Featured Research

from universities, journals, and other organizations

City kids more likely to have food allergies than rural ones: Population density is key factor, study finds

Date:
June 7, 2012
Source:
Northwestern University
Summary:
Children living in urban centers have a much higher prevalence of food allergies than those living in rural areas, according to a new study, which is the first to map children's food allergies by geographical location in the United States. In particular, kids in big cities are more than twice as likely to have peanut and shellfish allergies.

Children in the country. Children living in urban centers have a much higher prevalence of food allergies than those living in rural areas, according to a new study.
Credit: © Shmel / Fotolia

Children living in urban centers have a much higher prevalence of food allergies than those living in rural areas, according to a new study, which is the first to map children's food allergies by geographical location in the United States. In particular, kids in big cities are more than twice as likely to have peanut and shellfish allergies compared to rural communities.

The study will be published in the July issue of Clinical Pediatrics.

"We have found for the first time that higher population density corresponds with a greater likelihood of food allergies in children," said lead author Ruchi Gupta, M.D., an assistant professor of pediatrics at Northwestern University Feinberg School of Medicine and a physician at the Ann & Robert H. Lurie Children's Hospital of Chicago (formerly Children's Memorial). "This shows that environment has an impact on developing food allergies. Similar trends have been seen for related conditions like asthma. The big question is -- what in the environment is triggering them? A better understanding of environmental factors will help us with prevention efforts."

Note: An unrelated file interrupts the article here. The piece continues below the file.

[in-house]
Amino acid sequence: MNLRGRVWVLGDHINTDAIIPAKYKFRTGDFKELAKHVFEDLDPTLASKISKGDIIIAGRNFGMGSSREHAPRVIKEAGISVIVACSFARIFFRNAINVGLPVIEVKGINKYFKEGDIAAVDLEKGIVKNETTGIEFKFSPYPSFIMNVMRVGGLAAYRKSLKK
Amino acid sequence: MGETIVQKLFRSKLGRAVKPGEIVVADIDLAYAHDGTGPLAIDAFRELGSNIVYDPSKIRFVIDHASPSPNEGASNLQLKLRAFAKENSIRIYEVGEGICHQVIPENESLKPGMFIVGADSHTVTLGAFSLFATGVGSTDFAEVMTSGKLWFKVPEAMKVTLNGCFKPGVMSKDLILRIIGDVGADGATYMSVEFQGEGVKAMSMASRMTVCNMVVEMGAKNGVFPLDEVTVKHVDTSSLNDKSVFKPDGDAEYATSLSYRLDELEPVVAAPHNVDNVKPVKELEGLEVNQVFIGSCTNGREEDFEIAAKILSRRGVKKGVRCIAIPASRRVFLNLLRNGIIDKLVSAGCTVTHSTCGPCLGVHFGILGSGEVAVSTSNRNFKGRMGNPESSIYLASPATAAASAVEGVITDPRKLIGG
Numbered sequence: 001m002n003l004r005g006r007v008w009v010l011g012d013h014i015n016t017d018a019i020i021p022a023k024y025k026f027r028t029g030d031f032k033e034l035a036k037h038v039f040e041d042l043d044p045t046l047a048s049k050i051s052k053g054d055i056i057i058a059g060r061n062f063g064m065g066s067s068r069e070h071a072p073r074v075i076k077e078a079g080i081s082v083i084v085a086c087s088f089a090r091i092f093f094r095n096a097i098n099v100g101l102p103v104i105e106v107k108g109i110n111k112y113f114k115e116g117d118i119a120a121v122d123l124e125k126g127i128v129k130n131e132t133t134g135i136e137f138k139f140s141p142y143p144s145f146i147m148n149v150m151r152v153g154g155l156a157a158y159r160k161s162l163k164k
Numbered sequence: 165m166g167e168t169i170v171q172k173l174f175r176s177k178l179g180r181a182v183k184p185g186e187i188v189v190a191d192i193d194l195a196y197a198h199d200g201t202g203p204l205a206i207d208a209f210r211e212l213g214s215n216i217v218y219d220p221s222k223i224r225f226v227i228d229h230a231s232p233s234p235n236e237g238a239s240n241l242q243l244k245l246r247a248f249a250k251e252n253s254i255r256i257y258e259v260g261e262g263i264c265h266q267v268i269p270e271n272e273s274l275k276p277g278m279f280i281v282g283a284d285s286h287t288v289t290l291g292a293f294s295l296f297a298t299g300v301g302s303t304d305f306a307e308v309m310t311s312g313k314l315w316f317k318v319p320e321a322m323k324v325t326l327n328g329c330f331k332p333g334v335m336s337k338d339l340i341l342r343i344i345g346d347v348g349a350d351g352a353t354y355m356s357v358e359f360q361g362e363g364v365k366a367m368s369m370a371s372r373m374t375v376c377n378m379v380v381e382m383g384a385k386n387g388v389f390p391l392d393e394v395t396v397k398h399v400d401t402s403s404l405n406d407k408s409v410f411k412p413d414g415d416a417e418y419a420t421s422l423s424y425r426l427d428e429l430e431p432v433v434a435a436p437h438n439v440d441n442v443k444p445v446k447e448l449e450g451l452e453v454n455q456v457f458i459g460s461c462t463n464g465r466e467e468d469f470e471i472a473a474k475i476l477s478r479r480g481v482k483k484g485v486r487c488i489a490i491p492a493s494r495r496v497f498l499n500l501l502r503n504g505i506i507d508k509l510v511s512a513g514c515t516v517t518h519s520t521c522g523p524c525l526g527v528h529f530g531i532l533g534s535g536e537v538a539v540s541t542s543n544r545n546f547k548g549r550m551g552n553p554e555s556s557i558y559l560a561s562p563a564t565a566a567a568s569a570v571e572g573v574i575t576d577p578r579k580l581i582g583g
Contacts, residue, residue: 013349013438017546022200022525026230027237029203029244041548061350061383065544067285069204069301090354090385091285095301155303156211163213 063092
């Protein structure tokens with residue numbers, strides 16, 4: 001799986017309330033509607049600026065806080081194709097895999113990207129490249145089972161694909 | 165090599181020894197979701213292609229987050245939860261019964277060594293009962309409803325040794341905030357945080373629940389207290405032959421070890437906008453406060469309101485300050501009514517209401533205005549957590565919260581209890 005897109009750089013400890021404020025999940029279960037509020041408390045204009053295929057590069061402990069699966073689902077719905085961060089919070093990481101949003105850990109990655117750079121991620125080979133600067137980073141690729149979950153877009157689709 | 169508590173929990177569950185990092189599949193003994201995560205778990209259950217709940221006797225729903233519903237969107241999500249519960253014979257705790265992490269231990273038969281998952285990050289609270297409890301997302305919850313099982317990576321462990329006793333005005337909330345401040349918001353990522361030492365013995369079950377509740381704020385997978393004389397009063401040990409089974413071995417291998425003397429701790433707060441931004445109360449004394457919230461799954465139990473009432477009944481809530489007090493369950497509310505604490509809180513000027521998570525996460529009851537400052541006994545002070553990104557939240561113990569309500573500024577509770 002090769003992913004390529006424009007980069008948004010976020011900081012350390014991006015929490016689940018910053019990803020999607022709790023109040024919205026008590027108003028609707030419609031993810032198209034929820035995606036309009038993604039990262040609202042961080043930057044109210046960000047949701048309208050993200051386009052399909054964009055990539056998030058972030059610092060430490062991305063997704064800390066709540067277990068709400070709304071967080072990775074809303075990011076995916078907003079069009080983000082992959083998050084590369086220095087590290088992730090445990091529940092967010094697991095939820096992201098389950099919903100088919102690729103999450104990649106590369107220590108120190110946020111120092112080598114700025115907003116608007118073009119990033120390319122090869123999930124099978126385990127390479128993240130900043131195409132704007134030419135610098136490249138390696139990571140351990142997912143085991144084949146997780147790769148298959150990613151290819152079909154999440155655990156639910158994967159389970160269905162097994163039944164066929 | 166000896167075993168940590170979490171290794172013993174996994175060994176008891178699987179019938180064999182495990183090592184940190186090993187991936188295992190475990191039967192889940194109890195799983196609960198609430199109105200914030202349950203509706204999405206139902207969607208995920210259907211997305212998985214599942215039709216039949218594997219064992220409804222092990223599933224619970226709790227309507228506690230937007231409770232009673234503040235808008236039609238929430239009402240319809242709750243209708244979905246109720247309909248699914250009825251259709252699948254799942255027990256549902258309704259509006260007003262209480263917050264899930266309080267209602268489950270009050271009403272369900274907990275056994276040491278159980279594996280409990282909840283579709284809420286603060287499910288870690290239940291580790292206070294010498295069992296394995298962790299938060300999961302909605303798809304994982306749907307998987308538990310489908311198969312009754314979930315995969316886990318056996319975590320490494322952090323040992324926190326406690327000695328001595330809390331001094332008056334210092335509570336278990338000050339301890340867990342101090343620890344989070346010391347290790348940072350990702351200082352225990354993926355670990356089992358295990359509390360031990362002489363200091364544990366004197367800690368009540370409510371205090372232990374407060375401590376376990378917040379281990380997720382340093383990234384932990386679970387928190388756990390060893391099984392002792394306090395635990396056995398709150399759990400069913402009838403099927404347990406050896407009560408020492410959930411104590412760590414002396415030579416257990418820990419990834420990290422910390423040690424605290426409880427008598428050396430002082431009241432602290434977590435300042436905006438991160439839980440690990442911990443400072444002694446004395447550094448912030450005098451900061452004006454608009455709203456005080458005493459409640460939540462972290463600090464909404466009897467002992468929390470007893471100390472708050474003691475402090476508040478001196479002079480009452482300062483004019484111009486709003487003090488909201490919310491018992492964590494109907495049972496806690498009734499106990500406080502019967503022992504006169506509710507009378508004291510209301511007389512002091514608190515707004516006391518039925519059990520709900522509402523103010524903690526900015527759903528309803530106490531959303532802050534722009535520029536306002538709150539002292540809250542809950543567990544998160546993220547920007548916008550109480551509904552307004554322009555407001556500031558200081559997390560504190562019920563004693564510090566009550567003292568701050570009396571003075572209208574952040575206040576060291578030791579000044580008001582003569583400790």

Gupta, also a researcher at the Institute for Healthcare Studies at the Feinberg School, said some of her future research will focus on trying to identify the environmental causes.

The study included 38,465 children, 18 years and under, who comprised a representative sample of U.S. households. Their food allergies were mapped by ZIP code. Here are the key findings of the study:

  • In urban centers, 9.8 percent of children have food allergies, compared to 6.2 percent in rural communities.
  • Peanut allergies are twice as prevalent in urban centers as in rural communities, with 2.8 percent of children having the allergy in urban centers compared to 1.3 percent in rural communities. Shellfish allergies are more than double the prevalence in urban versus rural areas; 2.4 percent of children have shellfish allergies in urban centers compared to 0.8 percent in rural communities.
  • Food allergies are equally severe regardless of where a child lives, the study found. Nearly 40 percent of food-allergic children in the study had already experienced a severe, life-threatening reaction to food.